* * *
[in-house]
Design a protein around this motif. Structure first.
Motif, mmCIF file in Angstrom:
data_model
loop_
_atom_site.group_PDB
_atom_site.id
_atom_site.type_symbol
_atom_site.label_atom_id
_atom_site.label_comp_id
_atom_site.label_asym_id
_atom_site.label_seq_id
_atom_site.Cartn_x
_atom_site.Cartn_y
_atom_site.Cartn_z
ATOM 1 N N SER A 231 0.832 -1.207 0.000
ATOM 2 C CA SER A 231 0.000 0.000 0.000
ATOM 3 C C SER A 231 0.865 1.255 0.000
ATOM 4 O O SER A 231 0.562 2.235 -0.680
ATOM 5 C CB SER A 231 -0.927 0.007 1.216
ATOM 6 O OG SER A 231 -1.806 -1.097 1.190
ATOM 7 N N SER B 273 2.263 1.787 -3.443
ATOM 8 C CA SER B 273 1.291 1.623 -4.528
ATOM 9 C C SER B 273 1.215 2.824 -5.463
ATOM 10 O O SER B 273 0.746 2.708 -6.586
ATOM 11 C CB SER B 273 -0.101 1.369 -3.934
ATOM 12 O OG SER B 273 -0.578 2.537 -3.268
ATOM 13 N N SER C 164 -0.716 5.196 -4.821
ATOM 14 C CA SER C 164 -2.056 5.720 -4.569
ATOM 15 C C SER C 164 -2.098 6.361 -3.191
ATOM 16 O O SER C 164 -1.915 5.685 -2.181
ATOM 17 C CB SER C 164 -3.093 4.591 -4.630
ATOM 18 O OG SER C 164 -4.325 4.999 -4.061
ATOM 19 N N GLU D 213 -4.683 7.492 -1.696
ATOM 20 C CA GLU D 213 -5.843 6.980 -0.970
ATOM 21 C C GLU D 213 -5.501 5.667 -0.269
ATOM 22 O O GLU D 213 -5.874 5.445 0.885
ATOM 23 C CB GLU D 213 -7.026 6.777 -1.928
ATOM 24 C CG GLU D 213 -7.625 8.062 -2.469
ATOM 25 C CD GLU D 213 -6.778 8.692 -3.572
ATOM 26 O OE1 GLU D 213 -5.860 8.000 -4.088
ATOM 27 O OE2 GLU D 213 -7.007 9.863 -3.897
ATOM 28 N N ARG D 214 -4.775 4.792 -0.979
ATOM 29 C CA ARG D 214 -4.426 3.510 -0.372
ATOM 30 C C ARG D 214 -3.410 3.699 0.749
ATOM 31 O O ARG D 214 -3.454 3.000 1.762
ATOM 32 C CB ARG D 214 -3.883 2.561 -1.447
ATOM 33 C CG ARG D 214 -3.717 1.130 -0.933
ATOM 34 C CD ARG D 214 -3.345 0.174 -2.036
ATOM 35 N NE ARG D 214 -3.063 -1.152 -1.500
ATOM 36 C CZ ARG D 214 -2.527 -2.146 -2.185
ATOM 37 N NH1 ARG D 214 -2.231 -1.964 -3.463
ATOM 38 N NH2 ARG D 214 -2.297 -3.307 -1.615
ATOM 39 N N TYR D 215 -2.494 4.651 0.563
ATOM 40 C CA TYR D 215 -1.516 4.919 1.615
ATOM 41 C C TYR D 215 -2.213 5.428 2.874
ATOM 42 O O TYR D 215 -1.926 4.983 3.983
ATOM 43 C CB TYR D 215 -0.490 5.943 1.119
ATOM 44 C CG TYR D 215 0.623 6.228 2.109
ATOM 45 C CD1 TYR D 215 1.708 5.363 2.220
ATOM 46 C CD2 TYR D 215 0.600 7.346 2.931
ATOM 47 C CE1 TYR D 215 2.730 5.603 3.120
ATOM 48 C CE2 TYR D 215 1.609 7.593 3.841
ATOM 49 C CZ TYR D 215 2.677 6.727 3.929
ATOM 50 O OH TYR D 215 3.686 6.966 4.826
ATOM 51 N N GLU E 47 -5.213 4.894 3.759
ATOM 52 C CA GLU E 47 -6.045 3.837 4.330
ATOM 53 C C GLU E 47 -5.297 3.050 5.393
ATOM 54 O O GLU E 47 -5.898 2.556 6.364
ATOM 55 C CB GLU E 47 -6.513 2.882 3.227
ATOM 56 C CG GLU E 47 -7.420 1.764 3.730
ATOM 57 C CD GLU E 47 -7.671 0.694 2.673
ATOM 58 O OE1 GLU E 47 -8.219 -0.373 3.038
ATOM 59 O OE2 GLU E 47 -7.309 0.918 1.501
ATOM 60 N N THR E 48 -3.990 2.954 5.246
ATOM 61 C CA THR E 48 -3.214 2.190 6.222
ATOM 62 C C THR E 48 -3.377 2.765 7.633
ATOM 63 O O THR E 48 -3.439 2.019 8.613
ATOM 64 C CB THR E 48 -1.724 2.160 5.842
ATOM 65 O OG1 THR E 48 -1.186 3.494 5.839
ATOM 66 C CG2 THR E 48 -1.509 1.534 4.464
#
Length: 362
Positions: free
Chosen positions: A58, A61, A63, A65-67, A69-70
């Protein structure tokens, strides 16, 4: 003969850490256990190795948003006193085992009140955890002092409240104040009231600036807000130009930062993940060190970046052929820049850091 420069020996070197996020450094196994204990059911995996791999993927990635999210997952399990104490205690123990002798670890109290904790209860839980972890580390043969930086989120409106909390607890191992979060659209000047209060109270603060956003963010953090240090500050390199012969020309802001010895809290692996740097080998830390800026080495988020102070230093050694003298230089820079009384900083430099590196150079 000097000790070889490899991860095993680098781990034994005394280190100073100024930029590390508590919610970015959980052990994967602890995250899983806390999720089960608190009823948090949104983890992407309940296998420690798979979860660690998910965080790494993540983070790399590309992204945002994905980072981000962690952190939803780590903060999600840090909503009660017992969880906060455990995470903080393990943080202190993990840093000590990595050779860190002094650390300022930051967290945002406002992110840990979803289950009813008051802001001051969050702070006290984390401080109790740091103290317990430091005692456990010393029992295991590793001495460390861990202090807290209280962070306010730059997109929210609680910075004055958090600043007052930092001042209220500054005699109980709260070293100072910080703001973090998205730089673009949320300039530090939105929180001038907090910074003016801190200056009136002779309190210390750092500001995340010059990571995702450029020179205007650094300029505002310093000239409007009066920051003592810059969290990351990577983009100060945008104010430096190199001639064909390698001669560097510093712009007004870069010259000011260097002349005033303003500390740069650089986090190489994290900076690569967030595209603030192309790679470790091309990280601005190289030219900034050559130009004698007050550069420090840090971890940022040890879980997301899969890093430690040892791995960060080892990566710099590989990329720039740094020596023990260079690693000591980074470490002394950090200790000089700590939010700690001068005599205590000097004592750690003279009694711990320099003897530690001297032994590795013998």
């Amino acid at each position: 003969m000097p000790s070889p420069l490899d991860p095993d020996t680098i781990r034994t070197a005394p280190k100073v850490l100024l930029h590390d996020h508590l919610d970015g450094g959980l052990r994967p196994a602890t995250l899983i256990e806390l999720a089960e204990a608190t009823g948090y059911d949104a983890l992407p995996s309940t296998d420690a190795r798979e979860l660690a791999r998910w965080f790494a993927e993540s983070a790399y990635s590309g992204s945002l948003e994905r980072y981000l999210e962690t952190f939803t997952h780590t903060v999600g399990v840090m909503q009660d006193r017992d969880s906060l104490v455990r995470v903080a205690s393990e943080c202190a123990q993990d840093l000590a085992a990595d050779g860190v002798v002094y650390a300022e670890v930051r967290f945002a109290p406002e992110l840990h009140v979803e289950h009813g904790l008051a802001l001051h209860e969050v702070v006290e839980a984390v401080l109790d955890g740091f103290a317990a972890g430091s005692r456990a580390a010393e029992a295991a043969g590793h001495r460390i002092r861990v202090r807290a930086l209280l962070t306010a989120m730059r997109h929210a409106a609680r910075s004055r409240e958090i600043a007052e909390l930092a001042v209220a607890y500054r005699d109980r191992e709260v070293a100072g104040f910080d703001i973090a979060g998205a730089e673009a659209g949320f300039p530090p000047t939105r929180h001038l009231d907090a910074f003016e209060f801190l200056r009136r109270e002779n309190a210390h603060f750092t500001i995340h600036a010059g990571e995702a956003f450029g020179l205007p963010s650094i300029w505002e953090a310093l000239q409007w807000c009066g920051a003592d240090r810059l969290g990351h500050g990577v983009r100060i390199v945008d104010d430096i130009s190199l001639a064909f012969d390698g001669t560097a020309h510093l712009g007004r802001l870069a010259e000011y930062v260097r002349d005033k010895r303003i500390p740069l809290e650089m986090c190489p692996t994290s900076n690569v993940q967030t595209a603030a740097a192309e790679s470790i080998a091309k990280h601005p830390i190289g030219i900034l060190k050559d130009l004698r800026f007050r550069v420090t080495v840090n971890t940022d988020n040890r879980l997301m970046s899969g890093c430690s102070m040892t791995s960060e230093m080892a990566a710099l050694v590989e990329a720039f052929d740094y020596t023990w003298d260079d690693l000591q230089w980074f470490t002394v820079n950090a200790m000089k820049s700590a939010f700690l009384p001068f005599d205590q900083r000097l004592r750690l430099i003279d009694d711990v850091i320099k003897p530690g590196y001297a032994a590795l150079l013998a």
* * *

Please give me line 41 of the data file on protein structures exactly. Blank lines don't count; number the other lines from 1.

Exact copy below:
ATOM 26 O OE1 GLU D 213 -5.860 8.000 -4.088